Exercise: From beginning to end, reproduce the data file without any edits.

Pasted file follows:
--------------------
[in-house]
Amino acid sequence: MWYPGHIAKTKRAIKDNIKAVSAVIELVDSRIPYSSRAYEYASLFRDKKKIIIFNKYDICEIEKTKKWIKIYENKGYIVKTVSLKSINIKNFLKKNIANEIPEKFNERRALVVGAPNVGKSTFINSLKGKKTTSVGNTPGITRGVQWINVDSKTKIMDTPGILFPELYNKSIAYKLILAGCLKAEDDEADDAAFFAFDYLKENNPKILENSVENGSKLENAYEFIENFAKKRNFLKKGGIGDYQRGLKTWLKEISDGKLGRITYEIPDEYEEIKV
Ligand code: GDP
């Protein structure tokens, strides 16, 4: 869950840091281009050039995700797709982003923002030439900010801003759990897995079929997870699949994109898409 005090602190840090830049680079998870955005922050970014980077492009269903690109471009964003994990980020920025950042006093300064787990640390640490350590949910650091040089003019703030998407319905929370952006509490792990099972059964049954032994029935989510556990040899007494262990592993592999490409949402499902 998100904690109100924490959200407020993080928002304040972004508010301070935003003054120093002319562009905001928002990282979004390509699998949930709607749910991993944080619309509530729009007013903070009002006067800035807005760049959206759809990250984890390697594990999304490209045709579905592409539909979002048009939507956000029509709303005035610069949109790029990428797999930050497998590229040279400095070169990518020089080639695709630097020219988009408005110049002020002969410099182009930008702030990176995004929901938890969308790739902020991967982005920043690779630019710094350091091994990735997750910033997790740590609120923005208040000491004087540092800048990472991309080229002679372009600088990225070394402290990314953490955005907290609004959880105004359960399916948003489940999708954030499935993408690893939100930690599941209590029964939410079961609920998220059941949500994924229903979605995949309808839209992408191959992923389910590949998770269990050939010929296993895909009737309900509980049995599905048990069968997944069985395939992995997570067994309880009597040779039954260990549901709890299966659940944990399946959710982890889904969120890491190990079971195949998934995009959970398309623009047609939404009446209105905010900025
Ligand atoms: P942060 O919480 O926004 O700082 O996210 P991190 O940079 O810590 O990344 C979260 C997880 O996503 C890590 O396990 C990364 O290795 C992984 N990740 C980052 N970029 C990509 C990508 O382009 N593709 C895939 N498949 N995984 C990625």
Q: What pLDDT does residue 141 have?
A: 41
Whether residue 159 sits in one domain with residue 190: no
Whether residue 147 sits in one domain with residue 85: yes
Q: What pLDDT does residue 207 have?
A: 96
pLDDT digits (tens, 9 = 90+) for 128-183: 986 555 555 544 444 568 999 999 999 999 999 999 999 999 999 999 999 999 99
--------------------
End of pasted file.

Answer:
[in-house]
Amino acid sequence: MWYPGHIAKTKRAIKDNIKAVSAVIELVDSRIPYSSRAYEYASLFRDKKKIIIFNKYDICEIEKTKKWIKIYENKGYIVKTVSLKSINIKNFLKKNIANEIPEKFNERRALVVGAPNVGKSTFINSLKGKKTTSVGNTPGITRGVQWINVDSKTKIMDTPGILFPELYNKSIAYKLILAGCLKAEDDEADDAAFFAFDYLKENNPKILENSVENGSKLENAYEFIENFAKKRNFLKKGGIGDYQRGLKTWLKEISDGKLGRITYEIPDEYEEIKV
Ligand code: GDP
């Protein structure tokens, strides 16, 4: 869950840091281009050039995700797709982003923002030439900010801003759990897995079929997870699949994109898409 005090602190840090830049680079998870955005922050970014980077492009269903690109471009964003994990980020920025950042006093300064787990640390640490350590949910650091040089003019703030998407319905929370952006509490792990099972059964049954032994029935989510556990040899007494262990592993592999490409949402499902 998100904690109100924490959200407020993080928002304040972004508010301070935003003054120093002319562009905001928002990282979004390509699998949930709607749910991993944080619309509530729009007013903070009002006067800035807005760049959206759809990250984890390697594990999304490209045709579905592409539909979002048009939507956000029509709303005035610069949109790029990428797999930050497998590229040279400095070169990518020089080639695709630097020219988009408005110049002020002969410099182009930008702030990176995004929901938890969308790739902020991967982005920043690779630019710094350091091994990735997750910033997790740590609120923005208040000491004087540092800048990472991309080229002679372009600088990225070394402290990314953490955005907290609004959880105004359960399916948003489940999708954030499935993408690893939100930690599941209590029964939410079961609920998220059941949500994924229903979605995949309808839209992408191959992923389910590949998770269990050939010929296993895909009737309900509980049995599905048990069968997944069985395939992995997570067994309880009597040779039954260990549901709890299966659940944990399946959710982890889904969120890491190990079971195949998934995009959970398309623009047609939404009446209105905010900025
Ligand atoms: P942060 O919480 O926004 O700082 O996210 P991190 O940079 O810590 O990344 C979260 C997880 O996503 C890590 O396990 C990364 O290795 C992984 N990740 C980052 N970029 C990509 C990508 O382009 N593709 C895939 N498949 N995984 C990625």
Q: What pLDDT does residue 141 have?
A: 41
Whether residue 159 sits in one domain with residue 190: no
Whether residue 147 sits in one domain with residue 85: yes
Q: What pLDDT does residue 207 have?
A: 96
pLDDT digits (tens, 9 = 90+) for 128-183: 986 555 555 544 444 568 999 999 999 999 999 999 999 999 999 999 999 999 99